As I walked through the doors of Losel Maitri Tibetan Buddhist Center and took my place on a cushion in the Shrine Room, I thought about what I was about to do. I had decided to take the Refuge Vows in today's ceremony. The Refuge Vows are the vows someone takes to become a "Buddhist". They aren't required, but I had decided this was a step I wanted to take. It had taken me a long time to get here.
I was 14 years old when I got involved with Transcendental Meditation or TM. I practiced it all the through High School. I went on to become an EMT and the TM just fell by the wayside.
I met my husband while working as an EMT. He was brought up Catholic and had become a Methodist. When we got married, I agreed to try going to church.
I had a lot of questions about the Christian faith. Questions about Original Sin, the Free Will Doctrine, and beliefs about the Rapture and the Book of Revelation. But the church didn't seem to encourage questions. When I would ask questions of the Preacher, he seemed to try to give me just enough of an answer so that I would go away.
My final break with both the church and an attempt at following Christianity came when I got sick after the birth of my youngest son. There is a fungus that grows under the skin of tomatoes grown in the West. It causes something called desert fever, which causes multiple pneumonias. It turn out that I had the bad luck to get the one tomato that was infected in the box.
My husband had me, a three-year-old and an eight month old to take care of. On top of that, his mom had just had a stroke. He called the church to ask them to send a couple of ladies to sit with me so he could get a few errands done. The church refused to send anyone. It made me feel as if they didn't care about us. Combined with the questions I had that were still unanswered, and the feeling of being an outsider, I decided that I was done. I do know that not all churches are that way, but I was too hurt to try again.
I told my husband that I was going back to the TM. I went to the local bookstore and discovered a book by the Dalai Lama called, How to Practice: The Way to a Meaningful Life. I bought it and as I began to read, discovered that many of the things I believed in my heart were also core tenets of Buddhism. Things like love being the basis of the human experience, compassion and empathy are strengths (not weaknesses). I found out that there was a Tibetan Buddhist Center in Birmingham. I called and spoke to the woman who runs the center. She invited me to the center and explained what to expect when I came.
A few days later, I visited the center. When I walked in the door, it was like coming home. I was welcomed, not as a stranger, but as a long-lost sister. Everyone welcomed me and seemed to be genuinely glad that I was there. People explained what to do during the service and helped me to find a place in the Shrine Room. Afterwards, it seemed as if each person there tried to shake my hand, hug me and tell me how glad they were that I had come.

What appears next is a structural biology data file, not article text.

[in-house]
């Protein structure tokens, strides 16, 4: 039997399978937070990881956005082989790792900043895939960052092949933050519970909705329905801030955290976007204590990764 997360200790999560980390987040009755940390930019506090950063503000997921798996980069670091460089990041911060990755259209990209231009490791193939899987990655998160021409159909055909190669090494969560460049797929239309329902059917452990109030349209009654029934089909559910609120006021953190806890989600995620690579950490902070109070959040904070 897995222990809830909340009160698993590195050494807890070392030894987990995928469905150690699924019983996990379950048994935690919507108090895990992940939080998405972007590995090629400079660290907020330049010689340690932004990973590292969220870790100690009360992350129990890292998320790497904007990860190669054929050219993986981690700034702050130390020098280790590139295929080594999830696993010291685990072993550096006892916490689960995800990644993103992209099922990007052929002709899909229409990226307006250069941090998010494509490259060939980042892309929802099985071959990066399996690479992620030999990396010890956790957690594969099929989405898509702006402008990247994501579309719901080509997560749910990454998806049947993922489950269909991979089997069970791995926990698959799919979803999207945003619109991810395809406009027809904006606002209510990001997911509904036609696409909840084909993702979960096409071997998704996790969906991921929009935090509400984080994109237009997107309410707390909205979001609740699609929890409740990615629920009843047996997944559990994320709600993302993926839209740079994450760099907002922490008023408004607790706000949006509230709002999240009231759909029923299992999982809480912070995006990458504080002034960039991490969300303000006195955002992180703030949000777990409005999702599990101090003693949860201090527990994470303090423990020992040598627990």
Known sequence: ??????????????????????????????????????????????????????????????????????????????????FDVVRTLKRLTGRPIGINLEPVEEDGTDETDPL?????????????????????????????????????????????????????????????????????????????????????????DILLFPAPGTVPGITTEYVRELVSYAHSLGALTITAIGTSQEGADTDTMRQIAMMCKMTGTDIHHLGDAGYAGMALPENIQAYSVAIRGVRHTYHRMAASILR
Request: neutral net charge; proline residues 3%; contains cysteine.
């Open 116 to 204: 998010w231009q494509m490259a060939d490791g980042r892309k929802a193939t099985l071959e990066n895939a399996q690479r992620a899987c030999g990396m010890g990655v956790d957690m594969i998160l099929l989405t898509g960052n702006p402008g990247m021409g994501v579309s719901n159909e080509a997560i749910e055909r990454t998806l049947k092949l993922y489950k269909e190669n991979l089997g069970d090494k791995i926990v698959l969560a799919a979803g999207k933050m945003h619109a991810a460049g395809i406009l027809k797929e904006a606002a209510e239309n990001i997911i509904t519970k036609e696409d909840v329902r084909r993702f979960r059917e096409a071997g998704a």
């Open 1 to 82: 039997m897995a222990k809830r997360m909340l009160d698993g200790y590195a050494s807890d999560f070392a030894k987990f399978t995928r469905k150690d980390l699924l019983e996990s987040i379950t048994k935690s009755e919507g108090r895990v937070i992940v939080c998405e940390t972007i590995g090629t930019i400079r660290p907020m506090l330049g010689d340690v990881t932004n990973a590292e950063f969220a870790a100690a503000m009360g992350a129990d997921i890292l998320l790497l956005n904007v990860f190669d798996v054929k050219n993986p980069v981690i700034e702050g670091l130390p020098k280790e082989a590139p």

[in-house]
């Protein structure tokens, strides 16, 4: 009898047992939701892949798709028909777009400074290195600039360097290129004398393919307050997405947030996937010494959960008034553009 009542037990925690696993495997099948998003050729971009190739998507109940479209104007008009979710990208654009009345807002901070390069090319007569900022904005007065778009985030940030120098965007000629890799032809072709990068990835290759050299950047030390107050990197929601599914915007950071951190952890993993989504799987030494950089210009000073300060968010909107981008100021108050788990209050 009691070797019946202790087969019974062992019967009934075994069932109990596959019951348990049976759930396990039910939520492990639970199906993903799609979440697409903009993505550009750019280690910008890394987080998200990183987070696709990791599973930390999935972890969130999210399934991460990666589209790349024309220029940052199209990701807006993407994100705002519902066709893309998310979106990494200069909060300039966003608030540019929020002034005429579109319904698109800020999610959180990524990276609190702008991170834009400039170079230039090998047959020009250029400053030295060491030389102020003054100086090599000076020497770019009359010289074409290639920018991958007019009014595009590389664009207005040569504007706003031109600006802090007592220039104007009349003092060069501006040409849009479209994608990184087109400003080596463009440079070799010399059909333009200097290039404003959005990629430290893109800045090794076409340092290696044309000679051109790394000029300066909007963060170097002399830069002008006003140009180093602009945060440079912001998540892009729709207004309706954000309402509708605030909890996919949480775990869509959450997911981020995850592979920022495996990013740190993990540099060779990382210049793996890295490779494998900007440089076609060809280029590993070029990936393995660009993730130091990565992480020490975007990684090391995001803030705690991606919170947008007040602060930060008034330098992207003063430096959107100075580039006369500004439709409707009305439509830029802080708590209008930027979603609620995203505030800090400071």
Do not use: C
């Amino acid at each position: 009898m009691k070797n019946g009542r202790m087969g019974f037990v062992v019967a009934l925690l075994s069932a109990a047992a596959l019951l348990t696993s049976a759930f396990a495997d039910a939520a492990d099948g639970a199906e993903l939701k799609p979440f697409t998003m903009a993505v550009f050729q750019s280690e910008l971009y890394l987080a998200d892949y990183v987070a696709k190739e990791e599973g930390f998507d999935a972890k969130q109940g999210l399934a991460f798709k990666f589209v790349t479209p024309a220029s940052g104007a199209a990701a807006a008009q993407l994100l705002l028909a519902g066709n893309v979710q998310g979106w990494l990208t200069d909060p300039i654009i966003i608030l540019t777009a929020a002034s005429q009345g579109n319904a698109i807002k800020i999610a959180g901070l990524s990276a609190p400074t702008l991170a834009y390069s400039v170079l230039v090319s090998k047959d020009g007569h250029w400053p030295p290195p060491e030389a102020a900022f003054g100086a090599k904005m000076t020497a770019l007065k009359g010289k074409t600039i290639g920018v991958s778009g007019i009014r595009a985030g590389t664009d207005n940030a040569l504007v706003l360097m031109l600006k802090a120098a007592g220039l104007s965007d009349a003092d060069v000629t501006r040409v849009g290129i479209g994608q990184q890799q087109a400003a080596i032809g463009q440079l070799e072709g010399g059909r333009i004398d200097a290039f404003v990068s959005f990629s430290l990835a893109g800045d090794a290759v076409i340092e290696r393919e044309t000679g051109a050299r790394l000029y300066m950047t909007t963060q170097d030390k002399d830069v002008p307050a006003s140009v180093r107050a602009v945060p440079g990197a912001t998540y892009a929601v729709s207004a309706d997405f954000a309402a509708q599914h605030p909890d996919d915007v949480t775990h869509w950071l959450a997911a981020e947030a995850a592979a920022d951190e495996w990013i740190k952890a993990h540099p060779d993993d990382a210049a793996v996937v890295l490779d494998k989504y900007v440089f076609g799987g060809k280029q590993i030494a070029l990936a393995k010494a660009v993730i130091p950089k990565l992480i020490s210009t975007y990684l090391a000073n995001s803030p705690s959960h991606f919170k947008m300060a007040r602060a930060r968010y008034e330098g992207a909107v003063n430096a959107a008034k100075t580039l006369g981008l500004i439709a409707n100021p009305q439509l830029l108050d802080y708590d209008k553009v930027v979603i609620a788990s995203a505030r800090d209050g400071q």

I began to attend weekly prayer and meditation services. About four months after I joined, the teacher , Lama De Shek offered the Refuge Ceremony. At that time I chose not to take the Vows. I didn't feel I was ready.
I was lucky enough to find a great online study group and began to learn more about Buddha's Teachings. I felt more and more that this was where my heart belonged.
A year later, I found myself sitting on a cushion, waiting for the Refuge Ceremony to begin. I knew that the vows I was about to take were lifetime vows. I also knew that ever since I had begun Buddhist practice, I was happier and more settled. I felt more at home in my own head and I knew that I was a better mother and wife as a result.
Lama De Shek began by having us each repeat the Refuge Prayer three times:
I go for refuge to the Buddha.
I go for Refuge to the Dharma.
I go for Refuge to the Sangha.
We then knelt on one knee and took the vows, called
Taking the Five Precepts:
I undertake the Precept not to harm living beings.
I undertake the Precept not to take that which is not freely given.
I undertake the Precept not to engage in sexual misconduct,.
I undertake the Percept not to engage in harsh speech, lying or gossip.
I undertake the Precept not to indulge in intoxicant which dull mindfulness.
As I took these Percepts, I knew I was committing myself to live a specific kind of life. I was committing myself to learning to build love, compassion and joy for all beings. I was committing myself to following a Path where thousands before me had walked.
After the ceremony, we are given small pictures of the Dalai Lama, with the words: "June 15, 2004. On this date I took Refuge in the Three Jewels (Buddha, Dharma and Sangha). On the back, it lists the Five Precepts that I vowed to live by. I carry it in my wallet to this day, as a reminder of my own vows and as a reminder of the Path I took to get where I am today.
This personal faith story is shared by Huff Post Religion community member Cindy Bird. How did you come to believe what you believe? Send your "How I Became" story to firstname.lastname@example.org.